7. A method for operating an x-ray examination apparatus having an x-ray source which emits x-rays with a primary radiation intensity and a detector array composed of a plurality of detector elements, each detector element generating an output signal representing an intensity distribution of all x-rays incident thereon, and a computer including calculating means for calculating an x-ray image of a subject disposed between said x-ray source and said detector array from said output signals, said method reducing artifacts arising in said x-ray image due to scattered radiation produced in said subject, comprising the steps of:
identifying a forward scatter intensity in each output signal, by windowing said measured intensity with a window function to obtain a windowed, measured intensity, taking the natural logarithm of said intensity distribution, and multiplying said natural logarithm of said intensity distribution with said windowed, measured intensity.
8. The method of claim 7 wherein the step of identifying a forward scatter intensity includes normalizing said intensity distribution with respect to said primary radiation intensity to obtain a normalized intensity distribution, and wherein the steps of taking the natural logarithm of said intensity distribution comprises taking the natural logarithm of said normalized intensity distribution, and wherein the steps of multiplying said natural logarithm of said intensity distribution with said windowed, measured intensity comprises multiplying said natural logarithm of said normalized intensity distribution with said windowed, measured intensity.
9. A method for operating an x-ray examination apparatus having an x-ray source which emits x-rays with a primary radiation intensity and a detector array composed of a plurality of detector elements, each detector element generating an output signal representing an intensity distribution of all x-rays incident thereon, and a computer including calculating means for calculating an x-ray image of a subject disposed between said x-ray source and said detector array from said output signals, said method reducing artifacts arising in said x-ray image due to scattered radiation produced in said subject by identifying a distance function dependent on an extent of said subject in a direction of x-ray propagation comprising the steps of:
identifying a total scatter intensity by convolving a forward scatter intensity with a distance function;
subtracting the forward scatter intensity in each output signal from the respective output signal to obtain a plurality of corrected output signals; and
calculating said x-ray image from said corrected output signals.
10. The method of claim 9 further comprising the additional step of weighting said total scatter intensity with a weighting function dependent on a distance of a center of gravity of a source of said scatter radiation from said detector array.
11. The method of claim 9 comprising the additional step of multiplying said total scatter intensity by a scale constant obtained from a table of scale constants for respective layer thicknesses of said subject.
12. The method of claim 9 comprising the further step of windowing said measured intensity with a window function to obtain a windowed, measured intensity, and wherein the step of identifying a total scatter intensity includes identifying said forward scatter intensity by normalizing said intensity distribution with respect to said primary radiation intensity to obtain a normalized intensity distribution, taking the natural logarithm of said normalized intensity distribution, multiplying said natural logarithm of said normalized intensity distribution with said windowed, measured intensity to obtain a convolution result, and sampling said intensity distribution and said distance function before convolving said forward scatter intensity and said distance function, and interpolating said convolution result.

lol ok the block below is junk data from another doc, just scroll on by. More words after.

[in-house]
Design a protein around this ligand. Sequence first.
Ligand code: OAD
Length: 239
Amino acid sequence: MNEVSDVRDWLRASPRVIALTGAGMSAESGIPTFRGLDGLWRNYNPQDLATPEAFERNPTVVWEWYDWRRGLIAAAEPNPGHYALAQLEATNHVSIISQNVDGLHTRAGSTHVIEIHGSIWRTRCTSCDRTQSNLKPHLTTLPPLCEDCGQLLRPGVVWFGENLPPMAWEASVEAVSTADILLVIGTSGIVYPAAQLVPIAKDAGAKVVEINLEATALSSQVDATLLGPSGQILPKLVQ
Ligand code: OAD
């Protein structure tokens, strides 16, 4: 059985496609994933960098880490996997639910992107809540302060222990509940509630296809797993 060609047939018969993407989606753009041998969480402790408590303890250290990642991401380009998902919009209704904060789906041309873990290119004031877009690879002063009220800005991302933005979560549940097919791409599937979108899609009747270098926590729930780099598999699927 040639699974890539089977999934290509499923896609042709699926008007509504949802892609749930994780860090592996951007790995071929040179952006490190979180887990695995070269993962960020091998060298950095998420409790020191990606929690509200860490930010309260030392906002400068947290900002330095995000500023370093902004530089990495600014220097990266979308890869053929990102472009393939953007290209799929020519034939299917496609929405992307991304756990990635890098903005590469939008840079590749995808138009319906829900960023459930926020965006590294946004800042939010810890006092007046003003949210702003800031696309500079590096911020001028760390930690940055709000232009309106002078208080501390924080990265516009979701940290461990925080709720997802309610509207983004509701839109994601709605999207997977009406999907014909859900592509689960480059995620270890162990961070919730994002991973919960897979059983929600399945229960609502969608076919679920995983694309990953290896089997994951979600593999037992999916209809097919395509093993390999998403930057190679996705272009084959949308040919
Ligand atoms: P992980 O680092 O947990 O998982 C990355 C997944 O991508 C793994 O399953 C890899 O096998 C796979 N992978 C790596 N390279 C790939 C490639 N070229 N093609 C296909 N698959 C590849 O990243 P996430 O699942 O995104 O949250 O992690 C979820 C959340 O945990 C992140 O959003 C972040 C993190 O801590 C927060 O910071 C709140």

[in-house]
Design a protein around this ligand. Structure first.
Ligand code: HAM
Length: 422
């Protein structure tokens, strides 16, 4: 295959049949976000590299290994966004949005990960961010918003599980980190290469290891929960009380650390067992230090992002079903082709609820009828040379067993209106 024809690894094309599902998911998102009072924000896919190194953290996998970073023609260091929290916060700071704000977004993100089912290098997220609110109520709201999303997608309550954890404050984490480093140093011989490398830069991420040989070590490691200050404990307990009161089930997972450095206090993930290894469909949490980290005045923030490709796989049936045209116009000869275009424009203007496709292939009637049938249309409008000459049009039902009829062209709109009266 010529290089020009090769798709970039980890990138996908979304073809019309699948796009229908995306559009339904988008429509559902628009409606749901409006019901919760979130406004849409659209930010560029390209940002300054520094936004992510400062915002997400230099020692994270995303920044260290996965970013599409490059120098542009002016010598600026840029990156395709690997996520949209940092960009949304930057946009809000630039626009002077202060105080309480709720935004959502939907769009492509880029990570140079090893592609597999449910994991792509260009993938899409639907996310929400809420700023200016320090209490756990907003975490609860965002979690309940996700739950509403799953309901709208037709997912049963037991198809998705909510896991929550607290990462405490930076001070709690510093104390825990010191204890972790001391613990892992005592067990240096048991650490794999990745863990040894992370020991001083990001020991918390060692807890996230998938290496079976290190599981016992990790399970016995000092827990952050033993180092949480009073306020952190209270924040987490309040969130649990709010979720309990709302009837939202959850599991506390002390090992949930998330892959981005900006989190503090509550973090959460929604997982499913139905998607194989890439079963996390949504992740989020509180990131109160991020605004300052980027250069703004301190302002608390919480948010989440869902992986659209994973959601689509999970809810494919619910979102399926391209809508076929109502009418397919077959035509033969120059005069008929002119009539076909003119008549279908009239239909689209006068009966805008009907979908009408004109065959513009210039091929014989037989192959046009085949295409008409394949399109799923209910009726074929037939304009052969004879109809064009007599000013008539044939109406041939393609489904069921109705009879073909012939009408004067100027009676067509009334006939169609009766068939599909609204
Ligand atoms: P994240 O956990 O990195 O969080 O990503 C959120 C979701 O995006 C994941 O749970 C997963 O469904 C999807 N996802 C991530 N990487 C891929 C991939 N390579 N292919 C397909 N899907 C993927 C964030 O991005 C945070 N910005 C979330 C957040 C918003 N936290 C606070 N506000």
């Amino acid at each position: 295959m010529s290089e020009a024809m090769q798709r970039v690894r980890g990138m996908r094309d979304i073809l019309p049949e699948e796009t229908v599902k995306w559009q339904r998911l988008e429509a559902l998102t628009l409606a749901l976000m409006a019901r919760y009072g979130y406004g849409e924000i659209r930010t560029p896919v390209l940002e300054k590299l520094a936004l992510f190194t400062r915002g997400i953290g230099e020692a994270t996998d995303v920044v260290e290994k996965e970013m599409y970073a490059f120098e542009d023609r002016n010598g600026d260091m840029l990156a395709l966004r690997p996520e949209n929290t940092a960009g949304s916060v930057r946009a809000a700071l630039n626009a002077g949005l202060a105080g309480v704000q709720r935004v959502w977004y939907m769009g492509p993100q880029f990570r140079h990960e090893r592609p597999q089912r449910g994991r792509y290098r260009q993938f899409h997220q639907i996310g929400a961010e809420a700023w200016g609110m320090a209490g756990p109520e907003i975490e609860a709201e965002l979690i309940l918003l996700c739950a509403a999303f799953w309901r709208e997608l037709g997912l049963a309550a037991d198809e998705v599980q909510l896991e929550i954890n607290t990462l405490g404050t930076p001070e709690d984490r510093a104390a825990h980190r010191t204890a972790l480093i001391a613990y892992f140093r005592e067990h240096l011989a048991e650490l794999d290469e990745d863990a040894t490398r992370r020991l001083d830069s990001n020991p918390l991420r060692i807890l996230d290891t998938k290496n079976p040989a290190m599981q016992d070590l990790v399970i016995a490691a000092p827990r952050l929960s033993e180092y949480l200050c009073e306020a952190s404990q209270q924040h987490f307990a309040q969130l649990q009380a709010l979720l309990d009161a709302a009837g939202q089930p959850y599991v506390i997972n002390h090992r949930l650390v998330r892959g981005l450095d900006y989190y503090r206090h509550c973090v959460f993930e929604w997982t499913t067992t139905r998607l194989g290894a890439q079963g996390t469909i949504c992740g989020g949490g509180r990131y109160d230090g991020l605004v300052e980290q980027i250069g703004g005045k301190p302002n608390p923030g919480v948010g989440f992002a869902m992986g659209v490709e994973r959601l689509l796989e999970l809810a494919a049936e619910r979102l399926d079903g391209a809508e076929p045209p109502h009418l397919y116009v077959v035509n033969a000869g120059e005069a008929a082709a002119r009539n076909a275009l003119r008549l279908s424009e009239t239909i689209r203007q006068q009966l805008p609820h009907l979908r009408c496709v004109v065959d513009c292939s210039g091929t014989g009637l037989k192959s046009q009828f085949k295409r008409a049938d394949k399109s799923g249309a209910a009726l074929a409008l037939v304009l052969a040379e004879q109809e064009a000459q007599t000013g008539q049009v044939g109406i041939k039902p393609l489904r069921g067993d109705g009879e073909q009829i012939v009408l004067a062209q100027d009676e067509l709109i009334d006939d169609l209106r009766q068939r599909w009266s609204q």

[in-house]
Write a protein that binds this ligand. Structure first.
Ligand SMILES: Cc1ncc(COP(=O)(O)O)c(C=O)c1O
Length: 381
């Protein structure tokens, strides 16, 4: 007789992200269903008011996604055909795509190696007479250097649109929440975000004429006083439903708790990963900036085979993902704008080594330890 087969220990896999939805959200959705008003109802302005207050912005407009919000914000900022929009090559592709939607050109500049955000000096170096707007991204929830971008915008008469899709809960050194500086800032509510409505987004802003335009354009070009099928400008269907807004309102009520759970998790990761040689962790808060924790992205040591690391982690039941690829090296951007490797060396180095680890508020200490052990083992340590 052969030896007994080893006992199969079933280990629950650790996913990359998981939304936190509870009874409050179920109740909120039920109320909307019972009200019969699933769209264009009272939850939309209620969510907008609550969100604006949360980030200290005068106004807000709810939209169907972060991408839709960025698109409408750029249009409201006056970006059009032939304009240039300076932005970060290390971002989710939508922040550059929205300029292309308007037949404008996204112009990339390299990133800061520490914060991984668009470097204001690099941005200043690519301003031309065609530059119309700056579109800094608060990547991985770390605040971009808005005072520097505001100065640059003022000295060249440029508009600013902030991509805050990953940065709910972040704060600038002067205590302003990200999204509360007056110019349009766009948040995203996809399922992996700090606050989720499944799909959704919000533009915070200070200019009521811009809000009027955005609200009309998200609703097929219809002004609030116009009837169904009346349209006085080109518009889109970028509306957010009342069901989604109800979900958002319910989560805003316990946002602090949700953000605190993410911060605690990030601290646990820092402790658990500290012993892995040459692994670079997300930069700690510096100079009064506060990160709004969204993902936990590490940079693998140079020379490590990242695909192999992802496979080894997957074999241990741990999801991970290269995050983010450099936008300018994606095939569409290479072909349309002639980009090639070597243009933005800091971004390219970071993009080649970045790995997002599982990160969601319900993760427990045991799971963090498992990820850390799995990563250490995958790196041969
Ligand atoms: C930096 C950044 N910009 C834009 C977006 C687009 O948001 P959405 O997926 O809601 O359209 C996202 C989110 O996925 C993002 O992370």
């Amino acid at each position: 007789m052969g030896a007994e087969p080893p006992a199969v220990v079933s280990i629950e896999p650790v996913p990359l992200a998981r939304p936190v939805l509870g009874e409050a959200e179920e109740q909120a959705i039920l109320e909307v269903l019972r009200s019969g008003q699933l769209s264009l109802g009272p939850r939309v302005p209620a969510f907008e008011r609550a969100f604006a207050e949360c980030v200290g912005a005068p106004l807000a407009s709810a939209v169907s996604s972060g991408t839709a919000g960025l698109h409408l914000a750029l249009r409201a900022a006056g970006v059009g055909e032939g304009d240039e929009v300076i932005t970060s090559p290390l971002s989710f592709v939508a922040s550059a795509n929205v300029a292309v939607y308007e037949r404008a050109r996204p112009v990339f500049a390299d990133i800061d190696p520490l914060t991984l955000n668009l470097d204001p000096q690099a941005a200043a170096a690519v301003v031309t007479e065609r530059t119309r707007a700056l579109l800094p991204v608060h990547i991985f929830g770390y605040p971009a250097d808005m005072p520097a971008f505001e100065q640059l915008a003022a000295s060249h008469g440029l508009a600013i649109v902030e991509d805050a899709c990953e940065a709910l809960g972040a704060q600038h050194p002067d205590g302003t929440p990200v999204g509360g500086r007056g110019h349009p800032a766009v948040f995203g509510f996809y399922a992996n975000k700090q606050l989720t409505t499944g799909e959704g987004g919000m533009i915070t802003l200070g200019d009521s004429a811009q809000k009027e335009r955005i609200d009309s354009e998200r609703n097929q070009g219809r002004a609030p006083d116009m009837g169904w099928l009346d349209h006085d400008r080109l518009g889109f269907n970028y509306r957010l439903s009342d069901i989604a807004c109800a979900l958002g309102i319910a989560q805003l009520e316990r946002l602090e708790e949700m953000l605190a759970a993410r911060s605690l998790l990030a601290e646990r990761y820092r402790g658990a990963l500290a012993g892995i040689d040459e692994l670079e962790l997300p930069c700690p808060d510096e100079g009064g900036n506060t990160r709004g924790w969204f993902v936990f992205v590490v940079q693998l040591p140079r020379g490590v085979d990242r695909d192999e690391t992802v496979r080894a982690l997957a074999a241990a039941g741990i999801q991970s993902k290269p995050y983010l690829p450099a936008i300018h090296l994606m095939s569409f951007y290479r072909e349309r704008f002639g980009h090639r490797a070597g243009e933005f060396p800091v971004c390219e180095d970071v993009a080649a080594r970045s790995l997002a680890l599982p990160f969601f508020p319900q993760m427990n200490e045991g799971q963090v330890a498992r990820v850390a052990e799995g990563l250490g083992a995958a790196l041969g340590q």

Description
BACKGROUND OF THE INVENTION

1. Field of the Invention

The present invention is directed to an x-ray examination system of the type wherein scattered radiation produced by the examination subject can result in image artifacts.

2. Description of the Prior Art

In x-ray examination equipment, e.g. an x-ray computed tomography system, subject-scattered radiation can occur that can lead to image artifacts, which can make diagnosis by a physician more difficult. In order to reduce the effect of scattered radiation, it is possible, e.g. in third-generation x-ray computed tomography system with a rotating tube detector measurement arrangement, to provide collimator plates between the detector elements that are oriented toward the tube focus so as to provide partial shielding against the obliquely incident scattered radiation. Such collimator plates have only limited utility in fourth-generation x-ray computed tomography systems, which have a fixed detector ring and a rotating x-ray tube, since they screen out not only scattered radiation but also parts of the measurement radiation. In fourth-generation x-ray computed tomography systems, the portion of scattered radiation in the measurement data is considerable, and a subsequent correction for the presence of the scattered radiation is unavoidable for a good image quality. In third-generation x-ray computed tomography systems, the corruption of data through scattered radiation is lower, but can still lead to disturbing artifacts. A correction is thus advisable in third-generation systems as well.

SUMMARY OF THE INVENTION

An object of the present invention is to provide an x-ray examination apparatus wherein an efficient computer determination of the intensity of the scattered radiation ensues, on the basis of which a correction of the measurement data can be carried out.